Wellbeing During COVID-19

Returning to the Workplace

Step 2

Connecting to what really matters to you
What did you learn about yourself these last 3 months?    You may have surprised yourself with new skills or interests, worked in a more focused way or discovered that all that extra time at home or in a different type of working environment made you more relaxed, more connected to others, happier.   On the other hand, you may have realised just how much you missed your colleagues in the workplace and the day to day office structure and social time.  You may have even missed the journey to work and found it hard to separate work time from relaxation time when confined in the same location day in and day out.   Perhaps you found it more stressful than you imagined it would be or may be the opposite is true.

How about your health and wellbeing?  Some people found that they were consuming more alcohol during lockdown, others reported drinking less.  Lots of people took up home cooking in a big way, whilst others embarked on a new daily fitness routine.   Many have reported feeling calmer and less stretched, while for some mental health has been depleted and even exacerbated, for a lot of people there has been isolation and loneliness – the pandemic and the impact has taken its toll on us all in different ways.

Whilst we have all been through the same experience, the same set of events, how we perceive them and the impact they have on us will always be different.  So, what was it like for you? That is what really matters.

This has probably been the longest period for many of us when our day to day routines have been disrupted or we have been away from our normal environment.   Most of us get into a pattern of work, home, friends and that familiar routine of ours becomes part of the security we often feel we need.  The change of routine at weekends, or for the occasional holiday is welcome, of course, but rarely lasts for more than a few days or perhaps two weeks in the long summer.    Therefore, the last twelve weeks or so have been an exceptionally long time away from what we term normal.  Long enough, in fact, for us to have become accustomed to new patterns of living and working and certainly to have learnt new things along the way.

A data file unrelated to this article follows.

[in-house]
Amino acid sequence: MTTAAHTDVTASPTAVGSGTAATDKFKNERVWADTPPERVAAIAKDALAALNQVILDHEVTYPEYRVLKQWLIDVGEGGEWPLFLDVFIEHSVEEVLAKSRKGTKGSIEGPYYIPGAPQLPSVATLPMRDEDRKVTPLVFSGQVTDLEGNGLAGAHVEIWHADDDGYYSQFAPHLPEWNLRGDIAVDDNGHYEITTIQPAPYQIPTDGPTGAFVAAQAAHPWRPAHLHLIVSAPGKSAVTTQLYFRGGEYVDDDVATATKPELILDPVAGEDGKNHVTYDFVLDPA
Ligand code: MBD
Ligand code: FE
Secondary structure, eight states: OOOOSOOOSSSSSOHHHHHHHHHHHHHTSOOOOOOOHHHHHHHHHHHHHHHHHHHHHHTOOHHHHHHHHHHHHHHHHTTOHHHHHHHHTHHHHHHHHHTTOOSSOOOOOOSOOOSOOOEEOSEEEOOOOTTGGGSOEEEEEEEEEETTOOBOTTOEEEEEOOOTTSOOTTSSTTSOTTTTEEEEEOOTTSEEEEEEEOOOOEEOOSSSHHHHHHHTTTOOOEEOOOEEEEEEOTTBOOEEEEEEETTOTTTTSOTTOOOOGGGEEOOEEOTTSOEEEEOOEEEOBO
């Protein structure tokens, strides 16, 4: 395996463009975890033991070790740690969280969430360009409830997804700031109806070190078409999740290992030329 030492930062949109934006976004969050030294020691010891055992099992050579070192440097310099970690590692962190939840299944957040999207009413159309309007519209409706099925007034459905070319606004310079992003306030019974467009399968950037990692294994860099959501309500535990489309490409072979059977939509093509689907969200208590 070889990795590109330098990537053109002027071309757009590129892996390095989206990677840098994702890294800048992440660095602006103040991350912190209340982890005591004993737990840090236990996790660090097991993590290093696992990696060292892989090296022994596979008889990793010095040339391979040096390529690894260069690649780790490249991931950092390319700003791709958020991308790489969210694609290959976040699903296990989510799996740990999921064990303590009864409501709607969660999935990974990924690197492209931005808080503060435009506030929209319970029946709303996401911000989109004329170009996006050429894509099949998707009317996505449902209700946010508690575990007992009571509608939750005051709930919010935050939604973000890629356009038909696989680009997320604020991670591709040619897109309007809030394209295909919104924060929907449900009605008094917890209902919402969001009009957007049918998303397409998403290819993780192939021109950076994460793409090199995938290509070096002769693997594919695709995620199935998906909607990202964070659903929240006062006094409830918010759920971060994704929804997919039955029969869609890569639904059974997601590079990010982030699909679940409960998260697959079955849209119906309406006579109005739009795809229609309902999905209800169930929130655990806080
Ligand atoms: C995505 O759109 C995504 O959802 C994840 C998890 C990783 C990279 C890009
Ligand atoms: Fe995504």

Were you pleased with how you managed the interim period and with what you accomplished in that long hiatus from normal?

Or were you disappointed that you found it harder or achieved less than you expected?

Over the last weekend I, like many I imagine, have been watching and listening to coverage of past Glastonbury festivals in what would have been the 50th anniversary year.  Lyrics from several songs seemed to resonate more strongly, maybe due to melancholy, or just because I am actively listening, but in the Foo Fighters’ song – Times Likes These, the words stood out:

“Times like these you learn to live again
Times like these you give and give again
Times like these you learn to love again”

If you had to just pick two things you have learnt about your “working self” over the last few weeks what would they be?    Select the two things that most matter to you and perhaps will shape how you might want to live and work in the future.

For some, the period may be one which has confirmed just how important work and the workplace is to them and that they will never take it for granted again.   Others may have discovered that working from home really was far easier and far more efficient than they had imagined.

That daily journey to work may have been truly missed by some who liked the routine and the time it gave to settle thoughts; others never want to go back to that daily commute with all the time spent in queues and stressful incidents.

Being part of a team matters a great deal to some, whilst others may have preferred being able to work on their own in splendid isolation.

Communicating by video and audio conferences will have been a challenge for those who much prefer to see people in person, but for others it’s been a quick, simple and rather engaging way of catching up and working collaboratively.

Now, here’s a thought!  You may secretly wish “lockdown” could continue, at least as far as work is concerned and feel rather glum or even anxious about going back to the old routine or to the workplace.  Or you could be feeling the opposite of course, longing to get back to “normal”.

This may be an opportunity, albeit one which has been so distracting in so many ways, to connect to what really matters to you now in your workplace.   Use what you have learnt about yourself to decide whether you want to change things in the future or whether you are doing what you enjoy doing and do well.

Times like these are for looking back at the recent past because sometimes reflection like this can help us decide what we offer and what we want for the future.  Whether you are preparing to go back to the workplace or maintaining your current status, take a moment to reconnect to what really matters; what you have learned, what you have given, what you have loved.

After all, you have been through a lot.  Maybe it’s time for new beginnings?


If you would like to discuss the relevance to your organisation, please call us